Fox hosts Bill O'Reilly and Geraldo Rivera cited a U.S. census study which found that many poor Americans own appliances to paint entitlement recipients as lazy or unwilling to work. This analysis ignores the fact that 9 out of 10 Americans receiving entitlements are elderly, disabled, or were members of working households.

Third, here we are taught about labor unions, one of the few institutions which help the have-not side in the class wars:

Fox News continued its assault on the labor movement during a Cashin' In panel discussion that characterized unions as parasitic "vestigial" lobbying organizations that do nothing for their members and harm the economy. As evidence of their claims, the panel referenced a decades-long decline in union membership, but ignored the sustained political assault behind the drop as well as the empirically established economic benefits of a robust labor movement.
On the September 14 edition of Fox News' Cashin' In, host Eric Bolling introduced a segment about union membership drives and protests taking place this month, asking whether the effort was "bad for workers."
Fox regular Jonathan Hoenig explained that the membership drive was necessary, because unions are "parasites" that "need new blood."

I could go on for hours with that list of examples.  The point is that the rich are already winning. So why are the Fox talking heads so adamantly fighting for even more on their plates?  Is no amount enough?

What makes all this propaganda is not that there weren't lazy unemployed people or bad trade union representatives or no people who have worked hard and become rich.   There obviously are.  It is the totality of the slander which becomes propaganda:  Every poor person is lazy and unwilling to work, every person needing help from the government is a leech (with the exception of any viewers of Fox News who might be on Medicare and Social Security, naturally), there are no hard-working poor people in the whole wide world!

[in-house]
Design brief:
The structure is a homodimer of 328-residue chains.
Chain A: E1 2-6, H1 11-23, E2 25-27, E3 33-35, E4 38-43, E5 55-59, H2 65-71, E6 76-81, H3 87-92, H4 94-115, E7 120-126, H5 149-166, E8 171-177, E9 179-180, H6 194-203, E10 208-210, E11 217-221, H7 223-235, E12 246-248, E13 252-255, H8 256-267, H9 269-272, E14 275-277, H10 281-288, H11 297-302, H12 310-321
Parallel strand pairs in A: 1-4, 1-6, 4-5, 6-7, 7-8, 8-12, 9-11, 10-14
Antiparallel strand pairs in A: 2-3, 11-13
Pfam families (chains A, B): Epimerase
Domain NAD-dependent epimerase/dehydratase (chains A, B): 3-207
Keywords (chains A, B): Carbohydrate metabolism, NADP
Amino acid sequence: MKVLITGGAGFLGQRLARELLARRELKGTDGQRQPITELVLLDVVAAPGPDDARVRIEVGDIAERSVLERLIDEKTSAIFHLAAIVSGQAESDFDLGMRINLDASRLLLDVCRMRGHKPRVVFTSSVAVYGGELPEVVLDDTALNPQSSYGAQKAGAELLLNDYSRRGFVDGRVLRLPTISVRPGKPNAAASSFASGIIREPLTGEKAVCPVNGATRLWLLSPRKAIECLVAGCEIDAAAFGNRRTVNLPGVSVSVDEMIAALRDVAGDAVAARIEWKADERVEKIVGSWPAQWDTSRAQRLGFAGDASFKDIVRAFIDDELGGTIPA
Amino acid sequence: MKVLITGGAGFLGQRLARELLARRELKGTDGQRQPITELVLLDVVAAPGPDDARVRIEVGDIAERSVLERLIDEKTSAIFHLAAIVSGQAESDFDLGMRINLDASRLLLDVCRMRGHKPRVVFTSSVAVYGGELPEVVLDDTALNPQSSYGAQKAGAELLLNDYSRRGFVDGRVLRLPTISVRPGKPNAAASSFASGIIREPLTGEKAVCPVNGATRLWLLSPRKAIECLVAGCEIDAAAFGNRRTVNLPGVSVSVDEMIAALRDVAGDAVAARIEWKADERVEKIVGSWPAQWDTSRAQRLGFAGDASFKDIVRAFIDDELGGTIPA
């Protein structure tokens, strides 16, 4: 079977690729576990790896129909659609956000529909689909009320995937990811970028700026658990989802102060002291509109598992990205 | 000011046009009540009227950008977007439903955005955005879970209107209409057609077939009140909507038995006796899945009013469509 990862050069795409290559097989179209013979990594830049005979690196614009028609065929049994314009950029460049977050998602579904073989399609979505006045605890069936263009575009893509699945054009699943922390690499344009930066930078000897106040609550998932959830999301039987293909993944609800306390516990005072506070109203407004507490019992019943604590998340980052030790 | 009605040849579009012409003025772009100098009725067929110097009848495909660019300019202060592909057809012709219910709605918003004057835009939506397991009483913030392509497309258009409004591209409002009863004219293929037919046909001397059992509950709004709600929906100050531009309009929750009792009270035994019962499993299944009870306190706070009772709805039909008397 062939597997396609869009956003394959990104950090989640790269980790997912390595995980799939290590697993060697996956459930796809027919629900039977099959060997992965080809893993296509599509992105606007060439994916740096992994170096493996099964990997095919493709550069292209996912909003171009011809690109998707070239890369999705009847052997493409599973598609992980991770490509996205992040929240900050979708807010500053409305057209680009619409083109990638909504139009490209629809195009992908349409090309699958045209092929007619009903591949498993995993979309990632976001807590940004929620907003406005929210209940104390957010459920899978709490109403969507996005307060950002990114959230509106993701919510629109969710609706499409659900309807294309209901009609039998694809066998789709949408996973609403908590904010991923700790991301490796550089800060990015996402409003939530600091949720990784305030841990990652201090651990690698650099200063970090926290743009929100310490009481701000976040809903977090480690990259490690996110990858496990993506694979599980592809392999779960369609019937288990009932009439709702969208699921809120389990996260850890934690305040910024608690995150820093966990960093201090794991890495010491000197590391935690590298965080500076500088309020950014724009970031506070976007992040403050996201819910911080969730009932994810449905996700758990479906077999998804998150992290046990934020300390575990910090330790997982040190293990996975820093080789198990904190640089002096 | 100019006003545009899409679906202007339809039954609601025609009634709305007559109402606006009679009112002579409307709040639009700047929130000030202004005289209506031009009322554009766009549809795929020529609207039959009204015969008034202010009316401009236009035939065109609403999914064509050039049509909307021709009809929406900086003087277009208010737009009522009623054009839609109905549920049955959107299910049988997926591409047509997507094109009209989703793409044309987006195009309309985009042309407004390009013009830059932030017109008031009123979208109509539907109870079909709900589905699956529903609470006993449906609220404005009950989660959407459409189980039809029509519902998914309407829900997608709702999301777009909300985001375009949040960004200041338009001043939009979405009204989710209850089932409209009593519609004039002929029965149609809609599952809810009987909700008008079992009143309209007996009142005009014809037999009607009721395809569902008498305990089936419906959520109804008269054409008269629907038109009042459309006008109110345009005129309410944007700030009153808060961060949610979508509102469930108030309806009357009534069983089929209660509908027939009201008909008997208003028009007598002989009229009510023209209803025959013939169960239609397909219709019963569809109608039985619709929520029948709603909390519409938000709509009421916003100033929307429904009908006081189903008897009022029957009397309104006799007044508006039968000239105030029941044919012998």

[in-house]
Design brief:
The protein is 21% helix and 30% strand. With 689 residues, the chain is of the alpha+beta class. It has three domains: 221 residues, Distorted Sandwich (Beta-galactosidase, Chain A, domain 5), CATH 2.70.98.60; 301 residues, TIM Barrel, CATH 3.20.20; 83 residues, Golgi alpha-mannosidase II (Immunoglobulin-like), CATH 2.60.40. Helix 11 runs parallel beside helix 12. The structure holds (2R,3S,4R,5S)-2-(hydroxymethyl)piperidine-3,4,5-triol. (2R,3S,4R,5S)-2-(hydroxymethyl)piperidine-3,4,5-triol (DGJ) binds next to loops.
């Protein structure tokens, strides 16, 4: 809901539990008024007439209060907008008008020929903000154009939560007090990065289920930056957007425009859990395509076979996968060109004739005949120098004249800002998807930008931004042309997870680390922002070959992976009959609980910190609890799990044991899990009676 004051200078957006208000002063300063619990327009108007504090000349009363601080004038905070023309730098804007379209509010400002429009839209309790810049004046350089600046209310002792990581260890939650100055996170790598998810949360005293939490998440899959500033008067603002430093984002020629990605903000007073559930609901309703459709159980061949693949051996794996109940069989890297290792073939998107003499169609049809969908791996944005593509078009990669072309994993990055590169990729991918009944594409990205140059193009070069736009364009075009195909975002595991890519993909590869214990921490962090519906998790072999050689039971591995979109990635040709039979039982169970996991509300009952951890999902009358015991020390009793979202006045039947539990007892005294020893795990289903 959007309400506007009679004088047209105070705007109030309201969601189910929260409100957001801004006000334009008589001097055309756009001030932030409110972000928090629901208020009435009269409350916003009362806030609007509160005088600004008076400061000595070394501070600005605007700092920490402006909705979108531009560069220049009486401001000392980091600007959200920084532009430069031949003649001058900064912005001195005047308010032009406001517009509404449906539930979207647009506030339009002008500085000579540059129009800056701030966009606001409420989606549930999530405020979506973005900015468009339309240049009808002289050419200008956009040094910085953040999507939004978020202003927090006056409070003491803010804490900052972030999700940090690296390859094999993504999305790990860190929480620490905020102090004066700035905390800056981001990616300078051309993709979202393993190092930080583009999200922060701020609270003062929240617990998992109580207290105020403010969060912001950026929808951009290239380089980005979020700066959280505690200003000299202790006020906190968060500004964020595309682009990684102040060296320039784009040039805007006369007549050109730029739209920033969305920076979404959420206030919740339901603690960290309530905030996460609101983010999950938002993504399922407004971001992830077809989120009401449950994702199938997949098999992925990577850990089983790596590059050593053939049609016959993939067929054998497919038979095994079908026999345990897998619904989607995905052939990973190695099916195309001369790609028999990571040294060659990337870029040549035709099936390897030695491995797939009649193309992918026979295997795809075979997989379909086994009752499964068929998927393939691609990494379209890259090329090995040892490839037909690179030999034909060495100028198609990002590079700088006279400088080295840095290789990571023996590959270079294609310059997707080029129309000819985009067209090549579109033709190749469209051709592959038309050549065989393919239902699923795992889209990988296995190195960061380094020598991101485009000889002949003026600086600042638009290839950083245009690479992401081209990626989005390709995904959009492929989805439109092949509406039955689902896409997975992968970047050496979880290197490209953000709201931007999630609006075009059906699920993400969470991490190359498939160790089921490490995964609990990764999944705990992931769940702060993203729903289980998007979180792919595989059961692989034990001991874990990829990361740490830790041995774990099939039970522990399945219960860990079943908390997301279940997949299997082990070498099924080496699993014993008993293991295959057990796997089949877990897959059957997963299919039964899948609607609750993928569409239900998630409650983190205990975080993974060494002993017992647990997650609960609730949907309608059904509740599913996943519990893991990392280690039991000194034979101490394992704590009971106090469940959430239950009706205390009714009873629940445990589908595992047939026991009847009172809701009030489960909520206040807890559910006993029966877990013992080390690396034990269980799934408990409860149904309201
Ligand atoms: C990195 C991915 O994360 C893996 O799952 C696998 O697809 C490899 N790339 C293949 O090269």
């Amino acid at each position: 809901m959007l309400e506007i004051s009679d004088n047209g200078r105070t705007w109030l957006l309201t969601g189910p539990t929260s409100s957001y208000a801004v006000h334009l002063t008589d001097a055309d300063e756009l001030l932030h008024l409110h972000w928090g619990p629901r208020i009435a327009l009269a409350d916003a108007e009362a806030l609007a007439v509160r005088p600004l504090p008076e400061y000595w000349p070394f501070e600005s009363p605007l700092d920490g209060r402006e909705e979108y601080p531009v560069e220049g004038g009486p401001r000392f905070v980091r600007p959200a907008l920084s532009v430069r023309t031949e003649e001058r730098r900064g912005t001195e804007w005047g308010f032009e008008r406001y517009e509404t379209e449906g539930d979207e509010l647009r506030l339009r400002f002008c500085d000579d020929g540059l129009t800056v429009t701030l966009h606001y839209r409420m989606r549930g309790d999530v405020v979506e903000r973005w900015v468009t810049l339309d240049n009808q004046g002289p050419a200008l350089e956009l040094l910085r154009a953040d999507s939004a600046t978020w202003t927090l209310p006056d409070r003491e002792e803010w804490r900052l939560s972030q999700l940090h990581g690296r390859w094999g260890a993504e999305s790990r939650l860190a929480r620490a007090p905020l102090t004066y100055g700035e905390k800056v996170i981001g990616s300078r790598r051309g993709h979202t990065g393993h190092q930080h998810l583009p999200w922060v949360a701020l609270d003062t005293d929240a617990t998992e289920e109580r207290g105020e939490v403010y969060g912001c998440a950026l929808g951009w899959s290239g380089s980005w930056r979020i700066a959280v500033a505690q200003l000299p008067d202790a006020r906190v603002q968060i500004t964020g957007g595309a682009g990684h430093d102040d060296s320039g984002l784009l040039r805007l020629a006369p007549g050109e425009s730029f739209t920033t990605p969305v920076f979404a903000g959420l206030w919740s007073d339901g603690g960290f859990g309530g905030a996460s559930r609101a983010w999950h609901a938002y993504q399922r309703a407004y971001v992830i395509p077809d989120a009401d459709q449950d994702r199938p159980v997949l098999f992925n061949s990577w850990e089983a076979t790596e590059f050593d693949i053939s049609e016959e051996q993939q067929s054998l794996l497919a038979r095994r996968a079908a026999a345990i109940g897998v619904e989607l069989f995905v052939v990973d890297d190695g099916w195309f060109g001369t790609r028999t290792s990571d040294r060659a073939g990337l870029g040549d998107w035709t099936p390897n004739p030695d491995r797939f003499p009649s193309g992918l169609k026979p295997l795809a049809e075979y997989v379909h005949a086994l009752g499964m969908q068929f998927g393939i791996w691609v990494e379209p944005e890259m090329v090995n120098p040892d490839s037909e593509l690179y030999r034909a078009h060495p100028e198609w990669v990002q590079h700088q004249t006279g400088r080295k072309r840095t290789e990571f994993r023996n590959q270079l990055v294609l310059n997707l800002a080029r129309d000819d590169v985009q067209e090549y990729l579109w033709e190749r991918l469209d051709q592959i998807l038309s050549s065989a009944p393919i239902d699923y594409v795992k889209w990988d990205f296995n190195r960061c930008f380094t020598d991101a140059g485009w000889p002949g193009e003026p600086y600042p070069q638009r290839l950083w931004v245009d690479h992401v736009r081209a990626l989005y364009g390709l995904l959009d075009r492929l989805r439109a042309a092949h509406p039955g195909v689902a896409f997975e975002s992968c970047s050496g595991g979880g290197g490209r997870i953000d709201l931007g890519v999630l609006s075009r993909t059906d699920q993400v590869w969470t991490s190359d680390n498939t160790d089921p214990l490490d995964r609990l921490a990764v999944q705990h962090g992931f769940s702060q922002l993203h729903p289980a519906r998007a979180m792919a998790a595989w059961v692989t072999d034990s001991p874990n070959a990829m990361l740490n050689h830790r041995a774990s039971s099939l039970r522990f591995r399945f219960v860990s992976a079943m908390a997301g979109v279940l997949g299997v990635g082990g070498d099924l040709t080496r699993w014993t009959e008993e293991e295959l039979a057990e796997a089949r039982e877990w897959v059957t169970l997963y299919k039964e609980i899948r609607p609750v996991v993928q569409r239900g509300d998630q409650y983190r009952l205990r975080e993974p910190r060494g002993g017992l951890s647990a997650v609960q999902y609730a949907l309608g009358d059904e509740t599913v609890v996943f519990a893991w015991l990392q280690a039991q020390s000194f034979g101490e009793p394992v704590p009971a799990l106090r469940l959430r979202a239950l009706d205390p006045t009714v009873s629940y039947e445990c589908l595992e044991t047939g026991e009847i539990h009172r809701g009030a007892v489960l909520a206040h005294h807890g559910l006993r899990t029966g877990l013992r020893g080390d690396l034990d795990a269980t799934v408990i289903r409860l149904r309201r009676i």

It is this propaganda which the Wallet Right needs, to get politicians who are willing to put even more in their wallets, by painting everyone but the top 10% of earners, say, as parasites, leeches and undeserving.

What makes me tear up about this is that the natural consequence of such politicians in power is to open a  chute in the floor where those 10% work, leading right down into the hell of the lazy and undeserving.  Because the more we change welfare and tax policies to benefit only the well-to-do, the greater the number of people who slip down those chutes when something bad happens in their lives.  A major illness, a bout of unemployment, a death or divorce in the family, and down slips Mr. or Ms. Smith, to join the parasites, the takers!

And once that fall ends, the bottom layer will offer no trade unions, hardly any food stamps, no Medicaid to help with the health care costs.  But there might be bankruptcy laws which treat a family losing a second home better than one of "those takers!"